Home News The architect who made Singapore’s public housing the envy of the world

The architect who made Singapore’s public housing the envy of the world


These high-rise apartments (some with sweeping views of Singapore’s tropical cityscape) are airy, light-filled and spacious enough to comfortably raise a family in. They’re also public housing, and for decades have been affordable, contributing to Singapore’s enviable rate of homeownership.

Now, however, at least a few apartments are selling for something that would have been unthinkable not long ago: more than $1 million.

“I’m sad to see this happening — because public housing must be equated with affordability,” said Liu Taige, an urban planner credited with creating the country’s A widely praised practice Provide housing for its citizens.

Mr Low, 86, is considered the architect of modern Singapore because he built about half of the more than one million public housing units in the tiny, prosperous nation of 5.6 million people.

But in the 1960s, the country’s economic situation was very different. It was one of Southeast Asia’s poorest cities, with three-quarters of its residents living in crowded and squalid slums in ramshackle, tin-clad homes known as “squatters”.

At the time, Liu was working in the New York office of architect I.M. Pei and had just graduated from Yale University with a master’s degree in urban planning.

“After four years, I felt that the United States really didn’t need me anymore, they had too many architects,” he said. “So I started thinking about returning home.”

In 1969, he returned to Singapore and became the head of the design and research department of the Singapore Housing and Development Board.

One of his main tasks was to create a “new town” for Singapore, a planned urban center, even though no one could explain what it would look like. So he had to figure it out.

After some research, he believes the new Singapore will include highly self-sufficient communities with schools, shops, outdoor food stalls and playgrounds.

Liu also wants to avoid the kind of public housing he has seen in the United States and Europe, where apartments face each other with a corridor in between, are dimly lit, and low-income people live crammed together, creating what he calls “concentrated poverty.”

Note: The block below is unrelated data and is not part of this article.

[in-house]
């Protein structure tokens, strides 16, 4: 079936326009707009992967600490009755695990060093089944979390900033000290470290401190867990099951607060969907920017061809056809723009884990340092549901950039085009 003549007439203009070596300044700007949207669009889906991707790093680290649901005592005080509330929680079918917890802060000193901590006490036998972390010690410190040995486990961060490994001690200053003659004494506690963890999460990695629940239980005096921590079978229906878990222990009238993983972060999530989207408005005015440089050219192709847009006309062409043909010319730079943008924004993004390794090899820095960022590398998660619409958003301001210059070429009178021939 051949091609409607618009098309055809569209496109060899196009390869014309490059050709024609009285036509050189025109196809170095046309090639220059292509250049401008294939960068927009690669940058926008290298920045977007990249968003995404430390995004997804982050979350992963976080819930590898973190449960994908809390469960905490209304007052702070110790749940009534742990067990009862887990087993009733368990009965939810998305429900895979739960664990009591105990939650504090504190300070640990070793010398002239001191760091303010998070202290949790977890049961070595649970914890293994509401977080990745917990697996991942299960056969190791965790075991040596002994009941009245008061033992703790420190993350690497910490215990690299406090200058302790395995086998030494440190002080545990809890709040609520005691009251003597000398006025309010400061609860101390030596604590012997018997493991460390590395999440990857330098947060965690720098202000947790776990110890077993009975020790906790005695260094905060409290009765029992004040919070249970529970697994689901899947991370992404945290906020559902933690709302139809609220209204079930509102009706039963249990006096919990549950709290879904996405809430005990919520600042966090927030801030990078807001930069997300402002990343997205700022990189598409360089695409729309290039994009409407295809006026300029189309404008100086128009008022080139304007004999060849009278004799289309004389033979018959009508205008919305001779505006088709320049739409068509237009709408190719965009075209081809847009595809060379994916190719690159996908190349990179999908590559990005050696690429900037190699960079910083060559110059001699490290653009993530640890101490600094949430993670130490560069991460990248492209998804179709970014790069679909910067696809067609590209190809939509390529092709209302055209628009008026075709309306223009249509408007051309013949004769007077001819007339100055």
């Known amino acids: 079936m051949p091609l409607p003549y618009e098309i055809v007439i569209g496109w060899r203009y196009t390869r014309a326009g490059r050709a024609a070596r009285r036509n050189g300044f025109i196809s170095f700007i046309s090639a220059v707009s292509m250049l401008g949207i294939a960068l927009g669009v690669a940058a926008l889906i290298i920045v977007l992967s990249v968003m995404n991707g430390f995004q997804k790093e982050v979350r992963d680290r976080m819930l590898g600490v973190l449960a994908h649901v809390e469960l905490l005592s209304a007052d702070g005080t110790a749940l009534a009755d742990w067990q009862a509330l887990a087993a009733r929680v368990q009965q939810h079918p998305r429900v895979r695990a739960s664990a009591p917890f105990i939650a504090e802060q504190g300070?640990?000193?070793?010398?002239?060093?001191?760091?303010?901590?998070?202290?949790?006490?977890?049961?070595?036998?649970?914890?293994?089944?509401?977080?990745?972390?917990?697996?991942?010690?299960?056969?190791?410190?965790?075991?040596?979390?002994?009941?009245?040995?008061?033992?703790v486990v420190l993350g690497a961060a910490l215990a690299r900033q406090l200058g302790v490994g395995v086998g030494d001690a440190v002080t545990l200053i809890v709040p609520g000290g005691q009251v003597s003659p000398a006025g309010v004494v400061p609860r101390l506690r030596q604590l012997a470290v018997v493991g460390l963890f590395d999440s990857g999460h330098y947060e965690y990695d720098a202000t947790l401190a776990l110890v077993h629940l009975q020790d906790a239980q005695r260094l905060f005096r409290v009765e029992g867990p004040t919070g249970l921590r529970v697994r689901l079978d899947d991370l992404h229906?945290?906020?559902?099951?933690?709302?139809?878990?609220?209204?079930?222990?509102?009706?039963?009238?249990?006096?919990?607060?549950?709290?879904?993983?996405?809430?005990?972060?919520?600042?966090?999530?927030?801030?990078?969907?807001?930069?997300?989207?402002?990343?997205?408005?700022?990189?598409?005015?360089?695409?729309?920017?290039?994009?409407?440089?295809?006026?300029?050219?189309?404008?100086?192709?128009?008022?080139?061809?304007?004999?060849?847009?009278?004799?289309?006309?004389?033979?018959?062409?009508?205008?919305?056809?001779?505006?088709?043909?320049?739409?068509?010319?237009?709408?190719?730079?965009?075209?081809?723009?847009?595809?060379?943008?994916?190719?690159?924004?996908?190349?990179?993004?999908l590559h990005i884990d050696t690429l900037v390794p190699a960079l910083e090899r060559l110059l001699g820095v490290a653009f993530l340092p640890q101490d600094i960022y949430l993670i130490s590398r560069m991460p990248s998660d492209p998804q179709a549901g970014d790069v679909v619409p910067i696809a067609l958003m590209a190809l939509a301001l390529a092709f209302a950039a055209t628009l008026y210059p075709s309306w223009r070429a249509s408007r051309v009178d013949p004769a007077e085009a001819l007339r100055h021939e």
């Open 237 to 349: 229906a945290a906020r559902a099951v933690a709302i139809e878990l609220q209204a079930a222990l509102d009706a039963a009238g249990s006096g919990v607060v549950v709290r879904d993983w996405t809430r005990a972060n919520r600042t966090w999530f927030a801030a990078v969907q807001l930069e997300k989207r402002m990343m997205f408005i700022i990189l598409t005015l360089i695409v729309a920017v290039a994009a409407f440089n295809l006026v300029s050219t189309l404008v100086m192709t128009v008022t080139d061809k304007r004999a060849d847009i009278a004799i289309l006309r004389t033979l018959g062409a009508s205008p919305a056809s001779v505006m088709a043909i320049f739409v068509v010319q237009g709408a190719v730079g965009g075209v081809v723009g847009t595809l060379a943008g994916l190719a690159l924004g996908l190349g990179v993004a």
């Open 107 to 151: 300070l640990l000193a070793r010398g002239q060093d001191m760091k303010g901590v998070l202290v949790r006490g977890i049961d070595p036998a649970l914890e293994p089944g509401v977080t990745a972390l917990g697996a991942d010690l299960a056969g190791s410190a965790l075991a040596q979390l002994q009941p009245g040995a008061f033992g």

He also wanted to inspire a sense of community among residents. To figure out how to do that, he asked sociologists to estimate how many families should live in close proximity to maximize social interaction. The answer was six to eight, so each corridor would share six to eight units; that way, neighbors could mingle.

As public housing in line with his vision began to be built and its success was recognized, Singapore’s first prime minister, Lee Kuan Yew, set an ambitious goal for Mr. Low: to relocate all those still living in slums by 1982.

By 1985, almost every Singaporean had his or her own home.

“He once told me that the symptoms of a backward city are: one, homeless people; two, traffic jams; three, floods; and four, air pollution,” Mr Low said, referring to Singapore’s founding father Lee Kuan Yew.

in Singapore Led by Mr. Li — who has been both criticized for suppressing freedoms and praised for transforming the country into a global economic powerhouse — public housing is about furthering his government’s agenda and providing places to house people.

The government has tied these affordable homes to its pro-family policies, support for the ruling People’s Action Party and further integration.

In 1989, a year before Mr. Lee stepped down as prime minister, his government enacted a policy requiring that each neighborhood or neighbourhood must have a balanced mix of residents from the city’s main ethnic groups — Chinese, Malays and Indians — in an effort to prevent racial segregation.

Mr Low said he supported the idea of ​​integration because Singapore had experienced intense racial conflict before and after its independence in 1965.

“Western experts condemned this as social engineering because it interferes with individual freedoms,” Mr. Liu said. “But we did it, and it worked.”